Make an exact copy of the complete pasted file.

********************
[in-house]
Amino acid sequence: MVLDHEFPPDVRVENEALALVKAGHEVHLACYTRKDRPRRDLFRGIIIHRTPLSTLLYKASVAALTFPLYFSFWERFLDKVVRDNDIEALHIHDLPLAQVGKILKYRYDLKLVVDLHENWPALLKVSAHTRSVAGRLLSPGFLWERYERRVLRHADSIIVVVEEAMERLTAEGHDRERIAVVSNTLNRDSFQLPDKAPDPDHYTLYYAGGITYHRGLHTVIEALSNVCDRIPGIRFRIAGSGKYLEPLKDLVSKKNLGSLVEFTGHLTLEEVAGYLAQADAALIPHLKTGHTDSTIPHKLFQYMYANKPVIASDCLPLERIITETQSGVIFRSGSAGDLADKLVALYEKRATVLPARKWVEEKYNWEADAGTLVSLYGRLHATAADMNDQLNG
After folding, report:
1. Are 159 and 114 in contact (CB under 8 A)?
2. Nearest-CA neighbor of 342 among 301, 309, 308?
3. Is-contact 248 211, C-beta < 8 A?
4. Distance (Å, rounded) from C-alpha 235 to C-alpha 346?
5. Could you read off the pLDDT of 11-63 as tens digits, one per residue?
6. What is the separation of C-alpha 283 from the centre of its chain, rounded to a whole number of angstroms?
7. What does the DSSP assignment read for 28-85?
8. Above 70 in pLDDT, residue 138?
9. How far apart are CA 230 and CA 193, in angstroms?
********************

[in-house]
Amino acid sequence: MVLDHEFPPDVRVENEALALVKAGHEVHLACYTRKDRPRRDLFRGIIIHRTPLSTLLYKASVAALTFPLYFSFWERFLDKVVRDNDIEALHIHDLPLAQVGKILKYRYDLKLVVDLHENWPALLKVSAHTRSVAGRLLSPGFLWERYERRVLRHADSIIVVVEEAMERLTAEGHDRERIAVVSNTLNRDSFQLPDKAPDPDHYTLYYAGGITYHRGLHTVIEALSNVCDRIPGIRFRIAGSGKYLEPLKDLVSKKNLGSLVEFTGHLTLEEVAGYLAQADAALIPHLKTGHTDSTIPHKLFQYMYANKPVIASDCLPLERIITETQSGVIFRSGSAGDLADKLVALYEKRATVLPARKWVEEKYNWEADAGTLVSLYGRLHATAADMNDQLNG
After folding, report:
1. Are 159 and 114 in contact (CB under 8 A)?
2. Nearest-CA neighbor of 342 among 301, 309, 308?
3. Is-contact 248 211, C-beta < 8 A?
4. Distance (Å, rounded) from C-alpha 235 to C-alpha 346?
5. Could you read off the pLDDT of 11-63 as tens digits, one per residue?
6. What is the separation of C-alpha 283 from the centre of its chain, rounded to a whole number of angstroms?
7. What does the DSSP assignment read for 28-85?
8. Above 70 in pLDDT, residue 138?
9. How far apart are CA 230 and CA 193, in angstroms?